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Parliament Passes Carriage by Air (Amendment) Bill, 2015
Mar 11, 2016

A bill that would enhance compensation for air travellers in case of death, injury, lost baggage or even inordinate delay in flights was passed by the Rajya Sabha.

The Carriage by Air (Amendment) Bill, 2015, was passed by the Upper House with changes. It was cleared by the Lok Sabha in December last year, but after changes it needs to be passed again by the Lok Sabha.

  • Once the legislation is implemented, Indian airlines would be required to pay compensation amount that is equivalent to the rates paid by their global counterparts.

  • It would bring legislative character to international character with respect to compensation for air passengers.

  • The legislation would allow the government to revise the liability limits of airlines in line with the Montreal Convention, which was acceded to by India in May 2009.

  • The Bill amends the Carriage by Air Act, 1972.

  • The Act regulates carriage by air and gives effect to the Warsaw Convention, 1929, the Warsaw Convention as amended by the Hague Protocol, 1955, and the Montreal Convention, 1999.

  • The Act also provides for application of the international rules to domestic travel, subject to exceptions and adaptations.

  • The Montreal Convention establishes airline liability in the case of death, injury or delay to passengers or in cases of delay, damage or loss of baggage and cargo.

  • The Convention also provides for reviewing the limits of liability of the air carriers every five years.

  • The Bill will amend the Act to adhere to the revised limits of liability.

  • The Bill will also seeks to empower the central government to revise the limits of liability for airlines and compensation as per the Montreal Convention.

  • It also provides for the central government to make rules to carry out provisions of the Act.

Montreal Convention

The Montreal Convention entered into force in 2003. 103 countries are now party to it, including all members of the European Union, the USA, China and Japan. Between State Parties, the Montreal Convention prevails over the unexpired Warsaw Convention for the Unification of Certain Rules Relating to International Carriage by Air, 1929 (152 States Parties) and its additional protocols.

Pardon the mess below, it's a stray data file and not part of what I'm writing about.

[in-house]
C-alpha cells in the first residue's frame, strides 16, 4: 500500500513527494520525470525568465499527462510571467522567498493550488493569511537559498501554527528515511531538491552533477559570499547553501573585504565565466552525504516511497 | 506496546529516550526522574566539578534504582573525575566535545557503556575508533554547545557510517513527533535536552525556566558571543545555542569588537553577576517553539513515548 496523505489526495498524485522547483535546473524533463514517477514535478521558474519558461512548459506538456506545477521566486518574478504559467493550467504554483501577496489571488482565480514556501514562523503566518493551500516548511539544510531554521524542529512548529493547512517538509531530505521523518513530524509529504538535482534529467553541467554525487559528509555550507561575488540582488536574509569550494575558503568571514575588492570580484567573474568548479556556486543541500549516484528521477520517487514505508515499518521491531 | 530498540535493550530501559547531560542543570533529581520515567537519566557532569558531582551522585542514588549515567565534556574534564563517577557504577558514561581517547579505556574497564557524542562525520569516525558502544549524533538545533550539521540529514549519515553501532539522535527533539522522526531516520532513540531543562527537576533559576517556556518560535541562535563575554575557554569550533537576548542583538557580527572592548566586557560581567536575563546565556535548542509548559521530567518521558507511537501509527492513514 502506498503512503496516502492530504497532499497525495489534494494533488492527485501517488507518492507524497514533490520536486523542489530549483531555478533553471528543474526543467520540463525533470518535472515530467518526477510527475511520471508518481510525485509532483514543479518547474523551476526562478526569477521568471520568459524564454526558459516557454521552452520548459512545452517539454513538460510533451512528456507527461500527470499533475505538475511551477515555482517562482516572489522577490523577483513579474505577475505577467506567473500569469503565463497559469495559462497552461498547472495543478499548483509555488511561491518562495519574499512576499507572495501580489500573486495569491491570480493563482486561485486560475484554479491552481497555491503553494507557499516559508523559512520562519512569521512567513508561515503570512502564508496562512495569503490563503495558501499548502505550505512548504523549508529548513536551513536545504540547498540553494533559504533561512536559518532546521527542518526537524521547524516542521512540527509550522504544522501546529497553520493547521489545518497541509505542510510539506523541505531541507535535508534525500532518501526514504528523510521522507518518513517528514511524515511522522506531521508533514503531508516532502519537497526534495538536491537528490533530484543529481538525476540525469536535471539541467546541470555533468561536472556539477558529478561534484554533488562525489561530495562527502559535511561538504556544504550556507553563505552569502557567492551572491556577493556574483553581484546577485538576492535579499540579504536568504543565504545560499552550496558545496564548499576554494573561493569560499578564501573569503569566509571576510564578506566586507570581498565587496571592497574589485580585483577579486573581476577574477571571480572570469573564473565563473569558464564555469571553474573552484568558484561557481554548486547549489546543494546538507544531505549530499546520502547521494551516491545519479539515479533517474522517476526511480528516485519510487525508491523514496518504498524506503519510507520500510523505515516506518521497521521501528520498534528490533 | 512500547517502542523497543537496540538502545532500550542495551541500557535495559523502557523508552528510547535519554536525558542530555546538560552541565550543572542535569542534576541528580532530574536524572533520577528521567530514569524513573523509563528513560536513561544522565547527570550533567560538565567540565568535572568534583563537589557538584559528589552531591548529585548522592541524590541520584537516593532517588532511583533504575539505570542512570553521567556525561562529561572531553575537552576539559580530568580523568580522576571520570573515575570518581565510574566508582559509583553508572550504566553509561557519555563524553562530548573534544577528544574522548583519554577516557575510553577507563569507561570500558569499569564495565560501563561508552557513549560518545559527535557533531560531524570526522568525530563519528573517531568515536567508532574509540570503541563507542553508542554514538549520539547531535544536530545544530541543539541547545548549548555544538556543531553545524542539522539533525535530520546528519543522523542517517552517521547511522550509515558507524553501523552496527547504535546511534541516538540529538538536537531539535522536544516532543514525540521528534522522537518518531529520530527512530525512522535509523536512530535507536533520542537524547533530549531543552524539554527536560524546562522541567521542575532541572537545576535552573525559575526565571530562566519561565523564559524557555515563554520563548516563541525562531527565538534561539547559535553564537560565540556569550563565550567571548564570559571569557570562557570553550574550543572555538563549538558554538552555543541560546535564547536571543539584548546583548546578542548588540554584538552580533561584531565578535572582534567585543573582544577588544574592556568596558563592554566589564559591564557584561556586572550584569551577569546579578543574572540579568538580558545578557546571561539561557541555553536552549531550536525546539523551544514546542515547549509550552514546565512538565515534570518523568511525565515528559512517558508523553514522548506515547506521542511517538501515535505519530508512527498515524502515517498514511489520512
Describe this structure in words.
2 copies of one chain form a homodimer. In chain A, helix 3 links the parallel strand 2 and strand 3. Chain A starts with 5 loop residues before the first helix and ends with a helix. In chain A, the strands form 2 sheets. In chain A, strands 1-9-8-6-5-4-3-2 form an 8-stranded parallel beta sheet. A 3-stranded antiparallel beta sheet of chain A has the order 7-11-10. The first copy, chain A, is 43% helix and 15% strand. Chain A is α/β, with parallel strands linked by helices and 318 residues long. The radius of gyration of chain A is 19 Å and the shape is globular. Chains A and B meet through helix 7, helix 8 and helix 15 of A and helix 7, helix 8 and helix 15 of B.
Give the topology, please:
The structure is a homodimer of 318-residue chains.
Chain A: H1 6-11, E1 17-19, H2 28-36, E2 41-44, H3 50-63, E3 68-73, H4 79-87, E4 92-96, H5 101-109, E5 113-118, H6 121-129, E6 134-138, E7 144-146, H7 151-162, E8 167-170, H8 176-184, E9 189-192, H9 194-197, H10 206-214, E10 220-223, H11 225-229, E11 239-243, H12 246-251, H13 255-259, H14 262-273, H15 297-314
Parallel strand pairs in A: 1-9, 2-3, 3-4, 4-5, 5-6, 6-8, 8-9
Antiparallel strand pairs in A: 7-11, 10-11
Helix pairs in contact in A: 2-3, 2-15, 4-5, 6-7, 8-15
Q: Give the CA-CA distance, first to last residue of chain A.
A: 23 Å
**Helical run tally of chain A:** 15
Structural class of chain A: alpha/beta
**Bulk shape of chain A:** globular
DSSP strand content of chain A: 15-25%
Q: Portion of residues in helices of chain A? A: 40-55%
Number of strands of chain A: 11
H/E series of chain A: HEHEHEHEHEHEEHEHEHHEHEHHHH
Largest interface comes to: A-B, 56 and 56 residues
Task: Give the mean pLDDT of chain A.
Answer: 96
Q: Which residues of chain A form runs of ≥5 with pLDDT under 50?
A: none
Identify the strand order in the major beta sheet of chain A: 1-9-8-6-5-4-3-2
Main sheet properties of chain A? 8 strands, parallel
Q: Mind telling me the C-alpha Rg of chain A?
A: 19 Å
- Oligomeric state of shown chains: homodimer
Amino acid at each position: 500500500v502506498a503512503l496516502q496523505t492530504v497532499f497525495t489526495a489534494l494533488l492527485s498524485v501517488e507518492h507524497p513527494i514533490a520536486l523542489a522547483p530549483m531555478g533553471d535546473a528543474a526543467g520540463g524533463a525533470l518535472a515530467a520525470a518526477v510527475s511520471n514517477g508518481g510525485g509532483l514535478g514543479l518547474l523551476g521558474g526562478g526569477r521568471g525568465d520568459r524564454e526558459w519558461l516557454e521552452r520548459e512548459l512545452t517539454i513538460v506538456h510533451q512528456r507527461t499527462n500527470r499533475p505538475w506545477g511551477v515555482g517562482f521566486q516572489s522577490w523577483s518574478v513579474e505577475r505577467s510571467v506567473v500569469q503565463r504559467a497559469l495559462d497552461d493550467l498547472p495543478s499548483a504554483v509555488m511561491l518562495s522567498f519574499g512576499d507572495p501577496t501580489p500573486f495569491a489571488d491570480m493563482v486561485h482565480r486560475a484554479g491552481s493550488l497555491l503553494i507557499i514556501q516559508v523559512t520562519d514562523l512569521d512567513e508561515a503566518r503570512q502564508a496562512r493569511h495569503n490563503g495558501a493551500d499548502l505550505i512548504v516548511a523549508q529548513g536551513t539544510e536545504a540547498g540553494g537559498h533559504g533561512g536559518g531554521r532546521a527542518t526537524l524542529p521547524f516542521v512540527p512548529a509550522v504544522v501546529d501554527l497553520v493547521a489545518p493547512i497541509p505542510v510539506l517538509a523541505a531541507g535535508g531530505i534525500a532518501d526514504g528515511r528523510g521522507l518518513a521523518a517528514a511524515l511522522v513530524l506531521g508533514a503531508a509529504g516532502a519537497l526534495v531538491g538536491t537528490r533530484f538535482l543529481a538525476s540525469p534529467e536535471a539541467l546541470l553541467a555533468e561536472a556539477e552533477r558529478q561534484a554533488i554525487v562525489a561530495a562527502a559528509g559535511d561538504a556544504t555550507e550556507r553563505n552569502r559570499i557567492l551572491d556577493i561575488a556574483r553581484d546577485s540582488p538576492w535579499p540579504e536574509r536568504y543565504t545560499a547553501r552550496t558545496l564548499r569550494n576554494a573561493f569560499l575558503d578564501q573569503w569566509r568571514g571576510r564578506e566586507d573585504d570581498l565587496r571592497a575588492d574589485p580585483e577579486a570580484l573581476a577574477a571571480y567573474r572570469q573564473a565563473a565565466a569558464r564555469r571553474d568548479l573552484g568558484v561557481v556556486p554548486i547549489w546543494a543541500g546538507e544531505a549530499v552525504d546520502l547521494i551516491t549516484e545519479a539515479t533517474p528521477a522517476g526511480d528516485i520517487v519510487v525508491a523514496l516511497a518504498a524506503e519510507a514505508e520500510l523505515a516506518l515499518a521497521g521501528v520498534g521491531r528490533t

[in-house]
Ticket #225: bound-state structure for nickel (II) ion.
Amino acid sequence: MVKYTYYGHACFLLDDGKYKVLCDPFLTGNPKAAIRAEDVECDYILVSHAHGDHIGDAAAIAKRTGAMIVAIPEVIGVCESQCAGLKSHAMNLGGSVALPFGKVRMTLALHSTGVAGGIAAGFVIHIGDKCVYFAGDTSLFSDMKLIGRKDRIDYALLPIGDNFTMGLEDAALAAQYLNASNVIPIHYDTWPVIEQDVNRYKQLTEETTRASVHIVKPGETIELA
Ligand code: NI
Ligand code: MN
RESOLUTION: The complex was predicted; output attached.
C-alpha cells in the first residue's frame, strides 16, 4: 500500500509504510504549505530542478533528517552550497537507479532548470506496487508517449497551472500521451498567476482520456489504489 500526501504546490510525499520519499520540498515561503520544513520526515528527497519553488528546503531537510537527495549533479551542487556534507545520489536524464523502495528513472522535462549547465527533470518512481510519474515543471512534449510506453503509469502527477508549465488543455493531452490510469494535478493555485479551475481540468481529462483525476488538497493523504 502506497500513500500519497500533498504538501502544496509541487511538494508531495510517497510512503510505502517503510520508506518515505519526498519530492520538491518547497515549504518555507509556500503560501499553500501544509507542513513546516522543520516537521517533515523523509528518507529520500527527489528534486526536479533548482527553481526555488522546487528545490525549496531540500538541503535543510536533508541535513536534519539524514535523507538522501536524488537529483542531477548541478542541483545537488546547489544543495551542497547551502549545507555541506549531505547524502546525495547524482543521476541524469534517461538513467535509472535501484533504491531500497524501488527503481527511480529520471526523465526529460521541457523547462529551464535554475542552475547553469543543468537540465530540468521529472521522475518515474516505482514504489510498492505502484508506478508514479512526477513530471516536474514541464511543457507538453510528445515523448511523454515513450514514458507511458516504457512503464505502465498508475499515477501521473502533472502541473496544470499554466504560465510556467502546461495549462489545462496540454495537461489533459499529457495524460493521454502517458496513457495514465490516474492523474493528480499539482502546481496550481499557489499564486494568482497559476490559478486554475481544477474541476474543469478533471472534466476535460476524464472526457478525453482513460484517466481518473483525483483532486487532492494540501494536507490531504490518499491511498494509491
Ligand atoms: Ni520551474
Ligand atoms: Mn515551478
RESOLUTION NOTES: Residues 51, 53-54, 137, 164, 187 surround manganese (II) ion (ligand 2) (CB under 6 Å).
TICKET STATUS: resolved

The main innovation of the Montreal Convention is an amendment to the conditions and amounts of air carrier liability. For instance, in the event of damage sustained in case of death or bodily injury of a passenger, the Montreal Convention establishes a so-called ‘two-tier’ system of liability:

1. For each passenger the carrier shall not be able to exclude or limit its liability for damages not exceeding 113,100 Special Drawing Rights (SDRs).

2. For each passenger the carrier may be liable for damages to the extent that they exceed 113,100 SDRs, unless the carrier proves that such damage was not due to its negligence or other wrongful act or omission, or such damage was solely due to the negligence or other wrongful act or omission of a third party.

In the case of destruction, loss of or damage to baggage, which includes both checked baggage and personal items of passengers in the cabin (unchecked baggage), the Montreal Convention limits the air carrier’s liability to 1,131 SDRs per passenger, regardless of the baggage weight.

The carrier is liable in the amount of up to 19 SDRs per kilogram for damage sustained in the event of the destruction or loss of or damage to cargo.

The innovations of the Montreal Convention also include the possibility of bringing an action against an air carrier for damages that occurred as a result of death or injury of a passenger before the national court of that passenger’s residence.


(*SDR=The currency value of the SDR is determined by summing the values in U.S. Dollars, based on market exchange rates, of a basket of major currencies (the U.S. Dollar, Euro, Japanese Yen, and Pound Sterling).
 

 


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